If you’ve been following our Shurley English Blog posts, you know we’ve been flooding you with creative ideas on how to continue supporting your students’ academic progress throughout the summer. We are aware that with the high demands placed upon our children in today’s U.S. classrooms, it’s evident that children (and adults) have fewer opportunities to truly unwind and relax.
Today, my suggestion is to remember to INCLUDE some “DOWNTIME” into your child’s daily summer schedule, and here’s why:
Research shows that time off-task is important for proper brain function and health.
The brain uses 20% of the body’s energy while on-task.
Napping 10-30 minutes can increase alertness and improve performance.
Meditation is a way to give the brain a break from work and refresh the ability to concentrate.
Resting mental states help us process our experiences, consolidate memories, reinforce learning, regulate our attention and emotions, and keep us productive!
Downtime will give the brain an opportunity to make sense of what has just been learned, and shifting off-task can actually help learners refresh their minds, gain insight, and return to the task with more focus.
Brain Break Exercise: Meditation with Mindful Breathing
I mentioned meditation as a way to give the brain a break, so show your students how to tap into their own superhero relaxation powers with this simple breathing exercise. Teach your students that their breath is an amazing tool that can help them relax or calm down at any given moment. It can help them manage the ups and downs of school and life—all they have to do is breathe.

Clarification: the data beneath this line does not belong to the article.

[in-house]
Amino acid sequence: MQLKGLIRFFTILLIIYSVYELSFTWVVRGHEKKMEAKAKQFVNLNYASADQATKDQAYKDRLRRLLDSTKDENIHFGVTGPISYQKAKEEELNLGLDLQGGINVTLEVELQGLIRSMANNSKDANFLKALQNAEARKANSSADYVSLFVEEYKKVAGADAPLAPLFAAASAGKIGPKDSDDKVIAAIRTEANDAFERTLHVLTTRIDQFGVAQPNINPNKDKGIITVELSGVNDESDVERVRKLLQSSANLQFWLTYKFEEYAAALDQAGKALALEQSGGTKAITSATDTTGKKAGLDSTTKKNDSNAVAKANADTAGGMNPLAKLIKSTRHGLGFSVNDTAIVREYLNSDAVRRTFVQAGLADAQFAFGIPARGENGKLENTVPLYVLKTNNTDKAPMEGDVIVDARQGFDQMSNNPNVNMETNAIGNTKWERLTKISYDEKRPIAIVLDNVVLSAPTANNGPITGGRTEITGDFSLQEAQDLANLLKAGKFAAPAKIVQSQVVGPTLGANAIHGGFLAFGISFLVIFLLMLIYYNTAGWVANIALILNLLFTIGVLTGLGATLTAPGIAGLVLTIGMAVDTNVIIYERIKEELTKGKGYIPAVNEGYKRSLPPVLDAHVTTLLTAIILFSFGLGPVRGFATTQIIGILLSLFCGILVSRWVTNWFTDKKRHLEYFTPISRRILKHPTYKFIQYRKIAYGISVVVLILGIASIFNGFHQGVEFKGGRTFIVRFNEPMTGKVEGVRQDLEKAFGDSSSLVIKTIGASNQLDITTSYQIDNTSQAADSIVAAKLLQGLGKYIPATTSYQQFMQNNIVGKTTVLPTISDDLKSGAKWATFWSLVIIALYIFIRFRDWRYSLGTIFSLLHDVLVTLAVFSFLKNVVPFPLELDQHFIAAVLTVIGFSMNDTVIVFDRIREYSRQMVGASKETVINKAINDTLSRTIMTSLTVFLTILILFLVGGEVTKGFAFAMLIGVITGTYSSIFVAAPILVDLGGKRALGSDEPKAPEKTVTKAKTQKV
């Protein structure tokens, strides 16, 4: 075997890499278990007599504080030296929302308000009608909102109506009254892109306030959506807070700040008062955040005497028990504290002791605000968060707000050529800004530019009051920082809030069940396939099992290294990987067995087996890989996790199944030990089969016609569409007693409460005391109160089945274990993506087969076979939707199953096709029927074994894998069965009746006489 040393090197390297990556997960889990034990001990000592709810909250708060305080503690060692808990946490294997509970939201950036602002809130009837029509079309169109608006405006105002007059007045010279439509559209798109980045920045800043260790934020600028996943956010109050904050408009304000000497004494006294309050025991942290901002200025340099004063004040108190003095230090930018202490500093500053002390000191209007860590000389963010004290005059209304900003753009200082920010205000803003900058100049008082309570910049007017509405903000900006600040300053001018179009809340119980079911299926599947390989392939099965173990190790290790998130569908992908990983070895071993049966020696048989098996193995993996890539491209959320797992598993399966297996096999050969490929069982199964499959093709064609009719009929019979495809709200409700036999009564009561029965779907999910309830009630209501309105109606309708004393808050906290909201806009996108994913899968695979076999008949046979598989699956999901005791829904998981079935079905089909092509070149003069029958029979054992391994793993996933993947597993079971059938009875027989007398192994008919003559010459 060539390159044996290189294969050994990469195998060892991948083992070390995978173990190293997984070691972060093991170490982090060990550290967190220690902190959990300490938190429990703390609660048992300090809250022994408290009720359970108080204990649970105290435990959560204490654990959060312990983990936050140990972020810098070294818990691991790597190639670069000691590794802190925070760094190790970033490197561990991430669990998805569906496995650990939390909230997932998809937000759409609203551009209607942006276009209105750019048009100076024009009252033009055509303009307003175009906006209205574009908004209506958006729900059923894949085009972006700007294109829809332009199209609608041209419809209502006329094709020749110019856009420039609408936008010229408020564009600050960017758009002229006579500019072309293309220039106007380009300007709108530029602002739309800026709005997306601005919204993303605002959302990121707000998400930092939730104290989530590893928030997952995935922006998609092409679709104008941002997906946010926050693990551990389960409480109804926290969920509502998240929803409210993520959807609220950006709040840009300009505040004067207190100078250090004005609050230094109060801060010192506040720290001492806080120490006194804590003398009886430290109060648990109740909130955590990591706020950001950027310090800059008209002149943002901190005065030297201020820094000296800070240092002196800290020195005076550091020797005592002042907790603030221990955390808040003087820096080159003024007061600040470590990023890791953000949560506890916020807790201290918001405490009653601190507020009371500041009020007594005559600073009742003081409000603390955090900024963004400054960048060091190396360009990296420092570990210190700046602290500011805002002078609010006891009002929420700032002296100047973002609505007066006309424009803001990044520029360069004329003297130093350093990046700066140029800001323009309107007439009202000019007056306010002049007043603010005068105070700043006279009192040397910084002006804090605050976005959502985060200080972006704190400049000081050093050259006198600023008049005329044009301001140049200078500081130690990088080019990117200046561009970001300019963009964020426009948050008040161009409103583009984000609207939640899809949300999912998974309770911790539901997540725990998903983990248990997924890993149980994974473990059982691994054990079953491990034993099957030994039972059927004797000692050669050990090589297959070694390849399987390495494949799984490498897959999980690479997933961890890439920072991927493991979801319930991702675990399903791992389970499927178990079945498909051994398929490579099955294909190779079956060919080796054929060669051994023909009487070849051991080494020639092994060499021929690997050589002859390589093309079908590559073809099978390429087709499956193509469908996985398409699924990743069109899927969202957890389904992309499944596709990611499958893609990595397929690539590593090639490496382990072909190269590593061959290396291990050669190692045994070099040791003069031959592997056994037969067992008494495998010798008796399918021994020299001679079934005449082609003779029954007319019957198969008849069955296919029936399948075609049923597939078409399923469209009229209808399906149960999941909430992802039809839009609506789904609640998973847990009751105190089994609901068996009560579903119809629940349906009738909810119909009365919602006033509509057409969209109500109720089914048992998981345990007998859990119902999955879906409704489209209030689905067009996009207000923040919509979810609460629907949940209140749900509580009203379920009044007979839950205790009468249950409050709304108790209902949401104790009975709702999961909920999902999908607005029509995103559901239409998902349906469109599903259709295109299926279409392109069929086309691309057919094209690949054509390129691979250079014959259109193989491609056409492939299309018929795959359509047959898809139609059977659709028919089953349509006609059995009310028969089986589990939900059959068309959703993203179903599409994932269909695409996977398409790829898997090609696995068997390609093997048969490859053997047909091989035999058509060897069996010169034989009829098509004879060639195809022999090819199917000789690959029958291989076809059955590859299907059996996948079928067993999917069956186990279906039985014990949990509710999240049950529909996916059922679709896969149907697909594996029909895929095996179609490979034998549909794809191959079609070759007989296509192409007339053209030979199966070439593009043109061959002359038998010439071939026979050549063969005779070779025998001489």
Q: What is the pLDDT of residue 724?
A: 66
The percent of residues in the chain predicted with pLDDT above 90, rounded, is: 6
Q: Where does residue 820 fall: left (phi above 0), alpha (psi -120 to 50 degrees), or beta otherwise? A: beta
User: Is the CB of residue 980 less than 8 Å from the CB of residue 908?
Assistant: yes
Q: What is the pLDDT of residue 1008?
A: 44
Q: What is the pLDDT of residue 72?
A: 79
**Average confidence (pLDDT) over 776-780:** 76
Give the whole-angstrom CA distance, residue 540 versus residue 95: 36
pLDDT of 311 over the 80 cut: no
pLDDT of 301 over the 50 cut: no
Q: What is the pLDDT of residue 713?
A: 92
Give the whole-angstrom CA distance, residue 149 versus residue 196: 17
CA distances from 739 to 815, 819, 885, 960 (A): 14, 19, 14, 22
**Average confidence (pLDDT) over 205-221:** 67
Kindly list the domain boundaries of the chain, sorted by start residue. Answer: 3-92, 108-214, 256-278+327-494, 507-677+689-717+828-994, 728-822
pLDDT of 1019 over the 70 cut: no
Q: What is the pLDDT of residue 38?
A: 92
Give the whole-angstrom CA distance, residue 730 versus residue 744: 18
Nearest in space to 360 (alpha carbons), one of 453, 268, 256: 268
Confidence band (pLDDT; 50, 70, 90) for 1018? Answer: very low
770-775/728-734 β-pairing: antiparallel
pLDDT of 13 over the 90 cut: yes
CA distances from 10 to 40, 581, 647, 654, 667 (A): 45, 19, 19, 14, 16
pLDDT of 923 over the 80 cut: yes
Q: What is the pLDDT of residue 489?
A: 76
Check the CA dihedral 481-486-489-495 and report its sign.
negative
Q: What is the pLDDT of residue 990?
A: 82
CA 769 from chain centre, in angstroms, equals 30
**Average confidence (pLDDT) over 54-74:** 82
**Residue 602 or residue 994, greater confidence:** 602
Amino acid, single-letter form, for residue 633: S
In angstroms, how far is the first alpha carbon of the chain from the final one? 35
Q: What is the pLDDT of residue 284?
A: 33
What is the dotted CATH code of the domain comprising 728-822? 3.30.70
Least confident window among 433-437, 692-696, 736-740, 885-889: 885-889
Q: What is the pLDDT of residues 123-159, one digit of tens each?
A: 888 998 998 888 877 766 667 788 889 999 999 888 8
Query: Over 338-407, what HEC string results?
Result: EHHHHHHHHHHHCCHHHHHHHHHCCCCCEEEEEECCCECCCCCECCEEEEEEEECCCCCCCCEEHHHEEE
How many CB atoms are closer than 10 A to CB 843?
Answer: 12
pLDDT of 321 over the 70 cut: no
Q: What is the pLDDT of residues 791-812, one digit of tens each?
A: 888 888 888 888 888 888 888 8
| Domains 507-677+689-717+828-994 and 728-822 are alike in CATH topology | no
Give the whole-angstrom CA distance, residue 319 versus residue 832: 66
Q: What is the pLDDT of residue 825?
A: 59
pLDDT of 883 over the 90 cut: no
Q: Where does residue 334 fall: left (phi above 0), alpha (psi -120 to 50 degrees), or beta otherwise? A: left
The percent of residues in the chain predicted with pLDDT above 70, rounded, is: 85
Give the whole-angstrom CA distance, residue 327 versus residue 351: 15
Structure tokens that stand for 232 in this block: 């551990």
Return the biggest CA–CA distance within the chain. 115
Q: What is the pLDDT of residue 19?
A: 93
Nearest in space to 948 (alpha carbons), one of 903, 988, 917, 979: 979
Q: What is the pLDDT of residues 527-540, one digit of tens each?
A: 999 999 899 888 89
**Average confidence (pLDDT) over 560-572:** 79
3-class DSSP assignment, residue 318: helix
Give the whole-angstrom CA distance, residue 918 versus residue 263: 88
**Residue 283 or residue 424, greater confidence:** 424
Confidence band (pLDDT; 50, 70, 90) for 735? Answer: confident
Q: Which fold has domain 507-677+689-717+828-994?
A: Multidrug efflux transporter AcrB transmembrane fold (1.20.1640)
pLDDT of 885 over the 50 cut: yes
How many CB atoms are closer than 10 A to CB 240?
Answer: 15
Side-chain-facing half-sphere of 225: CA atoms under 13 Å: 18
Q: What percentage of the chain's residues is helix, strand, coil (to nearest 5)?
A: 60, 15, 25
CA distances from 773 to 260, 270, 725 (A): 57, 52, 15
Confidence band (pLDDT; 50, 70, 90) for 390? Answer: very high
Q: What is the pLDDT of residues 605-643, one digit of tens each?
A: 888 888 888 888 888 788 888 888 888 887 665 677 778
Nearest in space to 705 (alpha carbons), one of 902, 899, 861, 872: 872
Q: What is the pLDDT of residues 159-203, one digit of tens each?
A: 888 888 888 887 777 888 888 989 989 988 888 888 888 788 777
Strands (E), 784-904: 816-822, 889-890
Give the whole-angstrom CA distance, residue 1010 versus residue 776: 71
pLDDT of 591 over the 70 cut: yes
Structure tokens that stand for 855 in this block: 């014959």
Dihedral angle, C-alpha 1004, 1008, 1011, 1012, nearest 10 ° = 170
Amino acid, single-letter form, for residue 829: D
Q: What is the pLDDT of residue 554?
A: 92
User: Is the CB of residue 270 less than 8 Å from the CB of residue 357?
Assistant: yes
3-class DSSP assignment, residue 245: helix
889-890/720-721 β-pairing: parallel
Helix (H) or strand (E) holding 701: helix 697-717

The purpose of a breathing meditation is to calm the mind and develop inner peace. We can use breathing meditations to reduce our distractions and feel a deep sense of relaxation. Allow this breathing exercise to bring more calmness into your classroom while your students learn a valuable tool that helps them relax.
Mindful Breathing Exercise (2-5 minutes)
Students can stand or sit for this activity.
Ask students to put both hands on their belly.
Students should close their eyes, or look down to their hands.
Guide students in taking three slow deep breaths in and out to see if they can feel their hands being moved.
You may like to count “1, 2, 3” for each breath in and “1, 2, 3” for each breath out, pausing slightly at the end of each exhale.
Encourage students to think about how the breath feels, answering the following questions silently, in their mind.
What is moving your hands? Is it the air filling your lungs?
Can you feel the air moving in through your nose?
Can you feel it moving out through your nose?
Does the air feel a little colder on the way in and warmer on the way out?
Can you hear your breath?
What does it sound like?
Remember, time off-task isn’t always wasted time or a sign of laziness. I encourage you to create the balance between being a “human-being” and a “human-doing” this summer!